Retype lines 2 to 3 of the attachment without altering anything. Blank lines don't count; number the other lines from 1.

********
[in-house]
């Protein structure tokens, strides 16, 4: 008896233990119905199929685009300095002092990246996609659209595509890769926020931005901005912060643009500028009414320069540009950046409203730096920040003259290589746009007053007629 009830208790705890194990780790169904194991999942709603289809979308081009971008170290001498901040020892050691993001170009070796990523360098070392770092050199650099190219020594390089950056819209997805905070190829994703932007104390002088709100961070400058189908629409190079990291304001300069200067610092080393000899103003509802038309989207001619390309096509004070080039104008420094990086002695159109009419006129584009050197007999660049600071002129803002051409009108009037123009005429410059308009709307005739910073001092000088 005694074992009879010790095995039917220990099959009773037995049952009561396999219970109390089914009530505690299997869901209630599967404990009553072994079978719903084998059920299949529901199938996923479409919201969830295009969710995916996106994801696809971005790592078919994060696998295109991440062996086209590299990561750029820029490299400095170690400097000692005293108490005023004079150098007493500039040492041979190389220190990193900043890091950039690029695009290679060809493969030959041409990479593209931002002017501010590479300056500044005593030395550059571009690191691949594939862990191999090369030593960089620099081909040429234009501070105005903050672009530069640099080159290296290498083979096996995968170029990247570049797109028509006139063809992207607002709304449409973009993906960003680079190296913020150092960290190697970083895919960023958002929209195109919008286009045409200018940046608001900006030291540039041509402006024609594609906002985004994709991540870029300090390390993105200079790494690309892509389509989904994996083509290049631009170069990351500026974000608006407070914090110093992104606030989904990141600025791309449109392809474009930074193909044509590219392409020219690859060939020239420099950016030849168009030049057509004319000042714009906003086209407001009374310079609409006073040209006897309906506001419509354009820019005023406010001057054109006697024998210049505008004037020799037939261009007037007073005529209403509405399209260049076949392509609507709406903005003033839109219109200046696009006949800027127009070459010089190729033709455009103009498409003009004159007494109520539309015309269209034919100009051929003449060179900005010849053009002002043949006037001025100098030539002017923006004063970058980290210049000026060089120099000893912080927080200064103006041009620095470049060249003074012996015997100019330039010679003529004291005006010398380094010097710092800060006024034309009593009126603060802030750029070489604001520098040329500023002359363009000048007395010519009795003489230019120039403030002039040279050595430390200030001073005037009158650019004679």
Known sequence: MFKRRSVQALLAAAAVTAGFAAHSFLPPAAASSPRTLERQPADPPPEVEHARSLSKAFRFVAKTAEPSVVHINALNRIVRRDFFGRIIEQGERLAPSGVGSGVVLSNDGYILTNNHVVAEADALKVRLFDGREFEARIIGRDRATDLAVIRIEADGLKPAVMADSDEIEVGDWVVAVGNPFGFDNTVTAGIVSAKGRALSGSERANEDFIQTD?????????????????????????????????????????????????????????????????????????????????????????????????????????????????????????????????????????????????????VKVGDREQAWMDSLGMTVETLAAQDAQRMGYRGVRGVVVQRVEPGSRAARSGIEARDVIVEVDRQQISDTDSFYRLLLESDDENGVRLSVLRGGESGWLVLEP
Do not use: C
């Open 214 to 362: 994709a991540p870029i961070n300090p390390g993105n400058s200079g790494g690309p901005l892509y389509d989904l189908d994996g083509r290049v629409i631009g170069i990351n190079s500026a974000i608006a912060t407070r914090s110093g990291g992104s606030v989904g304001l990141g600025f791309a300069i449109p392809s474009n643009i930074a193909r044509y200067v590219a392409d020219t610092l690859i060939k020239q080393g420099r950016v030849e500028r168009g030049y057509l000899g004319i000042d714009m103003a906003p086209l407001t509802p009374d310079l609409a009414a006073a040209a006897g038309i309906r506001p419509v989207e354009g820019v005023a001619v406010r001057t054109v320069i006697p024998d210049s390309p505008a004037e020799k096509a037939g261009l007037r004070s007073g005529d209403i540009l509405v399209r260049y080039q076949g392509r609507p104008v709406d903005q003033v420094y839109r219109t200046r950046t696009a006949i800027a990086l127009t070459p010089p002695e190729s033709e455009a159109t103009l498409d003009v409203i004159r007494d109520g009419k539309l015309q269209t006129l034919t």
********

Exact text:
């Protein structure tokens, strides 16, 4: 008896233990119905199929685009300095002092990246996609659209595509890769926020931005901005912060643009500028009414320069540009950046409203730096920040003259290589746009007053007629 009830208790705890194990780790169904194991999942709603289809979308081009971008170290001498901040020892050691993001170009070796990523360098070392770092050199650099190219020594390089950056819209997805905070190829994703932007104390002088709100961070400058189908629409190079990291304001300069200067610092080393000899103003509802038309989207001619390309096509004070080039104008420094990086002695159109009419006129584009050197007999660049600071002129803002051409009108009037123009005429410059308009709307005739910073001092000088 005694074992009879010790095995039917220990099959009773037995049952009561396999219970109390089914009530505690299997869901209630599967404990009553072994079978719903084998059920299949529901199938996923479409919201969830295009969710995916996106994801696809971005790592078919994060696998295109991440062996086209590299990561750029820029490299400095170690400097000692005293108490005023004079150098007493500039040492041979190389220190990193900043890091950039690029695009290679060809493969030959041409990479593209931002002017501010590479300056500044005593030395550059571009690191691949594939862990191999090369030593960089620099081909040429234009501070105005903050672009530069640099080159290296290498083979096996995968170029990247570049797109028509006139063809992207607002709304449409973009993906960003680079190296913020150092960290190697970083895919960023958002929209195109919008286009045409200018940046608001900006030291540039041509402006024609594609906002985004994709991540870029300090390390993105200079790494690309892509389509989904994996083509290049631009170069990351500026974000608006407070914090110093992104606030989904990141600025791309449109392809474009930074193909044509590219392409020219690859060939020239420099950016030849168009030049057509004319000042714009906003086209407001009374310079609409006073040209006897309906506001419509354009820019005023406010001057054109006697024998210049505008004037020799037939261009007037007073005529209403509405399209260049076949392509609507709406903005003033839109219109200046696009006949800027127009070459010089190729033709455009103009498409003009004159007494109520539309015309269209034919100009051929003449060179900005010849053009002002043949006037001025100098030539002017923006004063970058980290210049000026060089120099000893912080927080200064103006041009620095470049060249003074012996015997100019330039010679003529004291005006010398380094010097710092800060006024034309009593009126603060802030750029070489604001520098040329500023002359363009000048007395010519009795003489230019120039403030002039040279050595430390200030001073005037009158650019004679």
Known sequence: MFKRRSVQALLAAAAVTAGFAAHSFLPPAAASSPRTLERQPADPPPEVEHARSLSKAFRFVAKTAEPSVVHINALNRIVRRDFFGRIIEQGERLAPSGVGSGVVLSNDGYILTNNHVVAEADALKVRLFDGREFEARIIGRDRATDLAVIRIEADGLKPAVMADSDEIEVGDWVVAVGNPFGFDNTVTAGIVSAKGRALSGSERANEDFIQTD?????????????????????????????????????????????????????????????????????????????????????????????????????????????????????????????????????????????????????VKVGDREQAWMDSLGMTVETLAAQDAQRMGYRGVRGVVVQRVEPGSRAARSGIEARDVIVEVDRQQISDTDSFYRLLLESDDENGVRLSVLRGGESGWLVLEP